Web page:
More Support for you and your Family

We stand in solidarity with Bretons Taylor, we breathe with George Floyd, we run with Ahmad Arbery and, we remember the names of many others lost to excessive force and injustice. Against the backdrop of the COVID-19 pandemic, the death of George Floyd may make us feel like the country is being torn apart. We cannot help but to confront the sobering and saddening reality of racism in our country. Many members of our school community are no doubt feeling hurt, confused,  angry,  scared or anxious – or all of the above. In a time like this, our school community must be a place of support, love, and care – even if we are not physically together. Please make sure you are connecting with other parents in our school community- checking  in on each other.



Gianna Floyd, Daughter of George Flyd, says “Daddy Changed The World”

As a school community, we each play a role in forming the hearts and minds of our children. Our Lion Pride includes respecting the dignity of every person, working toward the common good, and standing in solidarity with the most vulnerable and marginalized members of our community. Caring for our children not only means sharing our values with them, but it also includes listening to their questions and concerns. 

Conversations with Your Child

The article that we shared yesterday has a few guidelines of how to have conversations with your child based on what is developmentally appropriate. In case you have not had a chance to read that article, here are the highlights:

  • 3-5 year-olds
    • Protect them from television coverage and scary household conversations
    • If they ask questions, ask what they have heard
    • Share basic information
    • Close the discussion with hope and reassure them that they are safe
  • 6-9 year-olds
    • Ask what they have heard and open the discussion there
    • Avoid television news which tends to sensationalize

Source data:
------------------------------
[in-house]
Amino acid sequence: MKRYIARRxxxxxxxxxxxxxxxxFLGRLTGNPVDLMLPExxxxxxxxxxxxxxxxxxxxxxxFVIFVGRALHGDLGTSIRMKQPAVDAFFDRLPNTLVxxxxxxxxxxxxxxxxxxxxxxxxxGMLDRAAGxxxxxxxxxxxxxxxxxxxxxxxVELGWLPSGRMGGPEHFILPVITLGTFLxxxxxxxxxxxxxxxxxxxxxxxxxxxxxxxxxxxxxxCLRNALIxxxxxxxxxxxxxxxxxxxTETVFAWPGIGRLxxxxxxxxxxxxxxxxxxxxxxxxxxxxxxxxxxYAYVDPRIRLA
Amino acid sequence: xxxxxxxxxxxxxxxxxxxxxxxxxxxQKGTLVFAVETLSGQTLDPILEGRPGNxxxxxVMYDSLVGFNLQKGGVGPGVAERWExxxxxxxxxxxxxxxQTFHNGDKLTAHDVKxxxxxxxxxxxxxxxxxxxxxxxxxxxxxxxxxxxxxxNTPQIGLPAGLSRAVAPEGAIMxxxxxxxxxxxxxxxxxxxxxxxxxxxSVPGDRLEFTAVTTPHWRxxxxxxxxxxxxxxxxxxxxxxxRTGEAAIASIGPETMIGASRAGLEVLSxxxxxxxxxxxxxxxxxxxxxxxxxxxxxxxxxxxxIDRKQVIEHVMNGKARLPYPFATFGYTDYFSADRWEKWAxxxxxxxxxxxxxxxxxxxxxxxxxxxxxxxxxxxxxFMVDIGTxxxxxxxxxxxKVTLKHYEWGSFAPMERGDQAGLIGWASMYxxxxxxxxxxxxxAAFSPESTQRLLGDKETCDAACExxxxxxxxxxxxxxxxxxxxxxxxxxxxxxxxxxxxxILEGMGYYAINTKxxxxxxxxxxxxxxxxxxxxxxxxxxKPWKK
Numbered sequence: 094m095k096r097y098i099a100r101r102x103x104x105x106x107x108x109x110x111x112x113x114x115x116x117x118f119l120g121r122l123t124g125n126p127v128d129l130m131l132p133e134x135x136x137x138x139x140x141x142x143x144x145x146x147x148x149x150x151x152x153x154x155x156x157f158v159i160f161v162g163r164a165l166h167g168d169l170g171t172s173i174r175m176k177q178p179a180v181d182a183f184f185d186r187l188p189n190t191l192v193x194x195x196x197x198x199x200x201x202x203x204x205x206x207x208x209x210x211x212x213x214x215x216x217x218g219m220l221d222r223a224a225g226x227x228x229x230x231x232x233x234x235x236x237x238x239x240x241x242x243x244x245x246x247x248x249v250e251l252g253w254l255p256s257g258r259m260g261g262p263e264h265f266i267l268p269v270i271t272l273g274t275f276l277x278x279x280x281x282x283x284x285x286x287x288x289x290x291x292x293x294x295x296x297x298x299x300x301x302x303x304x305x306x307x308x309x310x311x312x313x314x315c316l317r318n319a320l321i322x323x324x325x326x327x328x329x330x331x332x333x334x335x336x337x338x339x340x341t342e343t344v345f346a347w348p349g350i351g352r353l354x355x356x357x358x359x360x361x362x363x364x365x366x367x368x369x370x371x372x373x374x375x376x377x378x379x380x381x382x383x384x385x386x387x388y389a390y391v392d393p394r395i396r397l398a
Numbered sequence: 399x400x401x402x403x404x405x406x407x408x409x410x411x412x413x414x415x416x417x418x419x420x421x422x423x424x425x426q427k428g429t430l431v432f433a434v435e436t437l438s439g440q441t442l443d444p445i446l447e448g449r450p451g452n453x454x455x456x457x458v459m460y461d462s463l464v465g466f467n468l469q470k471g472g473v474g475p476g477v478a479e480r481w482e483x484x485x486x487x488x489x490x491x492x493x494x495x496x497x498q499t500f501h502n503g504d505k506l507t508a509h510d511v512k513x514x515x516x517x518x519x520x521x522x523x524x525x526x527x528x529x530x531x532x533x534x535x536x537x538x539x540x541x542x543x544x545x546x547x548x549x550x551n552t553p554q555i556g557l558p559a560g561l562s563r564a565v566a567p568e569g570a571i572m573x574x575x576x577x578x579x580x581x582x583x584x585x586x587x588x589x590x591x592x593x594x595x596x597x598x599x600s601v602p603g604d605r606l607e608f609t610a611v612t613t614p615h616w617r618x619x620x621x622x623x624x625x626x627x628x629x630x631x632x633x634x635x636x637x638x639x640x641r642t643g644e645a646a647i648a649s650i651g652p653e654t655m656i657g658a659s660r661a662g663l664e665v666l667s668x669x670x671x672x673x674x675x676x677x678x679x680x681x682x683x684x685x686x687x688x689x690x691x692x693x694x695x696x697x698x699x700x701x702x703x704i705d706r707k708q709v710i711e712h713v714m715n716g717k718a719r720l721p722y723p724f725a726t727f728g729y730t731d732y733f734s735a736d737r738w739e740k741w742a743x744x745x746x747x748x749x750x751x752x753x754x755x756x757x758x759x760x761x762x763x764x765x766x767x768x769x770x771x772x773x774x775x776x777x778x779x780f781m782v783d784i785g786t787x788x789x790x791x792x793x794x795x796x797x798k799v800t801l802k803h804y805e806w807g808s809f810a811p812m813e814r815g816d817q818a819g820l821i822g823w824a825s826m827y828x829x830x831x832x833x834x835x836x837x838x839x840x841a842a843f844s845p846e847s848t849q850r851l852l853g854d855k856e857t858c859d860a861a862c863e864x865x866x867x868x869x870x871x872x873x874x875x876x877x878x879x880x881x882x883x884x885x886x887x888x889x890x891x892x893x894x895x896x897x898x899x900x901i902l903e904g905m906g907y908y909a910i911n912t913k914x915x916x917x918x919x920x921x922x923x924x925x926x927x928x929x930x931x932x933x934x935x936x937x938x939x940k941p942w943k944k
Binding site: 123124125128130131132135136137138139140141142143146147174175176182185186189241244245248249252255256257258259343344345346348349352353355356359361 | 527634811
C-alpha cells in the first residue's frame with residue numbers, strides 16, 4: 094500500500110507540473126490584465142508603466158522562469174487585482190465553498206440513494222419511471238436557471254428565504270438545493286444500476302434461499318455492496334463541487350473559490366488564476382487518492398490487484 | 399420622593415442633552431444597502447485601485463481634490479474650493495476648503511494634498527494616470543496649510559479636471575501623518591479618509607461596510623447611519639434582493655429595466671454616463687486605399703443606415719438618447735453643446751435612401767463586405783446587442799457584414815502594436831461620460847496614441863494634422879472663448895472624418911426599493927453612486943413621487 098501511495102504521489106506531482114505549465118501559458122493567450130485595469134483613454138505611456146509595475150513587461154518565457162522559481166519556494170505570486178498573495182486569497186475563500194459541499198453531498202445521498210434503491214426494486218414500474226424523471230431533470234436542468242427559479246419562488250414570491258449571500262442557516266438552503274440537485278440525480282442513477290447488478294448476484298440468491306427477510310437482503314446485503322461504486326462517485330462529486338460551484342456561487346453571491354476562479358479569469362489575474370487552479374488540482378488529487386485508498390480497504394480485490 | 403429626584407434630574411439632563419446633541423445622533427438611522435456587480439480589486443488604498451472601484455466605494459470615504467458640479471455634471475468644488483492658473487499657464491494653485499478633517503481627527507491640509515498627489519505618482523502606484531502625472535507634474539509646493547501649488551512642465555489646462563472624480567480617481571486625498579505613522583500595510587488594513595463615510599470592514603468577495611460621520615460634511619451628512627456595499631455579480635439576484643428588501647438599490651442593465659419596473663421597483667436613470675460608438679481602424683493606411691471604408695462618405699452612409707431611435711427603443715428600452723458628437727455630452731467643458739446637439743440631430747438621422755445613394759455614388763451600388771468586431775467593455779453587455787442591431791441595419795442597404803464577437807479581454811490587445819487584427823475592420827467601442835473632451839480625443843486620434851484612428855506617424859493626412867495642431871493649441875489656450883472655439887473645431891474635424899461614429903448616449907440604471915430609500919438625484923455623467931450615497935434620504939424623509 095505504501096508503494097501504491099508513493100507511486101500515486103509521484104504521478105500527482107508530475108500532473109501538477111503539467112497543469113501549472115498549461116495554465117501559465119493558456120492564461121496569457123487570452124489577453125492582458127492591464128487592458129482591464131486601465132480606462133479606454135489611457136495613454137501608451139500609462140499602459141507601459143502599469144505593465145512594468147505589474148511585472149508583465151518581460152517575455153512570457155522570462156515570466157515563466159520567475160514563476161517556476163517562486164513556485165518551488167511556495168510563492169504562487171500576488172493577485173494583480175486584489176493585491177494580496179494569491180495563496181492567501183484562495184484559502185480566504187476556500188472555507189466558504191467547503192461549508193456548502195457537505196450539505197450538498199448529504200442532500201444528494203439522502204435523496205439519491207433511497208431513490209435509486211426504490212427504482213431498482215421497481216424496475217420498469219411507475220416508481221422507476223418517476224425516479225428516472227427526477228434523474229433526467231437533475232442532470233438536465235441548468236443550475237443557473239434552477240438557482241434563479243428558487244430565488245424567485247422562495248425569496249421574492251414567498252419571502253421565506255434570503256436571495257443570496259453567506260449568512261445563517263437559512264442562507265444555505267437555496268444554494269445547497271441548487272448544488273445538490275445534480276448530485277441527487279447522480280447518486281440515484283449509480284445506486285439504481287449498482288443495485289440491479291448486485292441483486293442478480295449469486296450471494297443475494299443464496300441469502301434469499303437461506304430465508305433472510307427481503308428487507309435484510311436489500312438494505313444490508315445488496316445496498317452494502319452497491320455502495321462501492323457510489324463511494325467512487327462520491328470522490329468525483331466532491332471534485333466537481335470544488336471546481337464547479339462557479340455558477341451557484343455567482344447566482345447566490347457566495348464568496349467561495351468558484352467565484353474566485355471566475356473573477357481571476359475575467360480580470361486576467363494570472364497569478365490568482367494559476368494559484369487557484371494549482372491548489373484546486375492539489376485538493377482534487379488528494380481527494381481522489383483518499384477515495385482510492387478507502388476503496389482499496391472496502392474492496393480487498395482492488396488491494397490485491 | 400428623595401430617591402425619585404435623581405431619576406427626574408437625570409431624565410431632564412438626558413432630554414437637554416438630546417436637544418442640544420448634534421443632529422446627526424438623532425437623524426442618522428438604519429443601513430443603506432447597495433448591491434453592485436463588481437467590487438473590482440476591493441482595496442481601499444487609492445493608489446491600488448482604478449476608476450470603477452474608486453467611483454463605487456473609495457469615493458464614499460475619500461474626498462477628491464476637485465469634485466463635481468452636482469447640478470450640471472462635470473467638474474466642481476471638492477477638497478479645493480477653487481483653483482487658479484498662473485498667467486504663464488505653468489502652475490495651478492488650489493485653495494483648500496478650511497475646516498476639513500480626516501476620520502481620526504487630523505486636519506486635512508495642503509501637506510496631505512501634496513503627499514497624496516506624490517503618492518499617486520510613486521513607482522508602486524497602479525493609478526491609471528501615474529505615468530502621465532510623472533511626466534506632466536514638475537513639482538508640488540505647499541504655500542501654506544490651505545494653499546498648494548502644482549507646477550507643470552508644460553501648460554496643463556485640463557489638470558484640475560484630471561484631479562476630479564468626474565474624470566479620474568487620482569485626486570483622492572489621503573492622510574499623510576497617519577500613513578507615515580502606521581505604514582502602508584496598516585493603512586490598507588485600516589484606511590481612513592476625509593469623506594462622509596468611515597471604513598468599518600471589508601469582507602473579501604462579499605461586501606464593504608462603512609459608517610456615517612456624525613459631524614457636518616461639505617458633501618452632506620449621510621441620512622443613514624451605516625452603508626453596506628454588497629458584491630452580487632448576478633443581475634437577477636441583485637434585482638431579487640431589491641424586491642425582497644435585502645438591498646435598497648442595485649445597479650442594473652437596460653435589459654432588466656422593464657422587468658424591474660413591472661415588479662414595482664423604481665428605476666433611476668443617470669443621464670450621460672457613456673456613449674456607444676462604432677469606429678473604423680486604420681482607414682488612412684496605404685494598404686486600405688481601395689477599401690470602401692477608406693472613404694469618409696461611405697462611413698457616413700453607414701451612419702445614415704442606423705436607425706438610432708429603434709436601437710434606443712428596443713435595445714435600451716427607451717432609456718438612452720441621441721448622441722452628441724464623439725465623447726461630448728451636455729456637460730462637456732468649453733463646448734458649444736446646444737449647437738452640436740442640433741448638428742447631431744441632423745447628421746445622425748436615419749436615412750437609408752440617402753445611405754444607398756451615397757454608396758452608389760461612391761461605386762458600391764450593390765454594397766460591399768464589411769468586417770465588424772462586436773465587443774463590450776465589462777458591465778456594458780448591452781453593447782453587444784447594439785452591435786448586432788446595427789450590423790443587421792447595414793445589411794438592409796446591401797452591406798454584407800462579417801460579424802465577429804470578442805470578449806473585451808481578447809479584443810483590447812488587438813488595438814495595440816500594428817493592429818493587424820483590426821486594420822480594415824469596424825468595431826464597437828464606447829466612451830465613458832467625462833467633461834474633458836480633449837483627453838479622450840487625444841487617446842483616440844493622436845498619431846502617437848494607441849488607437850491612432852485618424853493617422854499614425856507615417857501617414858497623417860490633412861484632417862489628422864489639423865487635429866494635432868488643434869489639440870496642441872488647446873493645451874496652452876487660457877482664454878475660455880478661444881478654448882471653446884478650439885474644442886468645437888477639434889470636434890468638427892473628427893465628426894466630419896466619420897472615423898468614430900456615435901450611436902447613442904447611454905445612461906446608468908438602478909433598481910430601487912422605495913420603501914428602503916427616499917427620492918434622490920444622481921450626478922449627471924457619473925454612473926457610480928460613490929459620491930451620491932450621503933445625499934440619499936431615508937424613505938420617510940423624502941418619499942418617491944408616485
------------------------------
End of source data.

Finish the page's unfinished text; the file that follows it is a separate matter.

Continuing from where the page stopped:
• Give facts and know that it’s okay if you don’t have answers to all their questions
    • Discuss the protests and how change can happen in a democracy
    • End the conversation reassuring them that they are safe and that change is possible
  • 10+ years old
    • Take the discussions further, more in depth and ongoing
      • When something unfair happens and people are very angry, how can we support them?
      • Can you think of examples of our individual or group actions and perceptions being shaped by racist ideas that we might not even notice?
      • How can we make sure that deaths like George Floyd’s don’t happen?
    • Brainstorm ways to take positive action and a stand against racism in their school and community.

Recommended Book List: Embrace Race book list (resending)

The New York Times’ Learning Network shared an article about the protests, along with discussion questions, and opened comments for students to share their opinion  .

The nonprofit Teaching for Change put together  a list of social justice books for teen

More Resources for Adults:

Talking to Children: CNN article

Read On Being Black and Blue by Andréa Comer. 

The Smithsonian National Museum of African American History and Culture launched an History and Culture launched an online portal called Talking About Race that’s designed to help steer conversations about racism, racial identity, and the way these forces shape every aspect of society. 

In case you missed President Obama’s inspiring words on June 3rd:

https://www.nytimes.com/video/us/politics/100000007171835/obama-speech-town-hall-live.html?referringSource=articleShare

Flight Attendant’s Chance Encounter Sparks Powerful Conversation About Racism

JacqueRae Hill spotted a passenger reading “White Fragility” and asked him about the book. His reply renewed her hope. 

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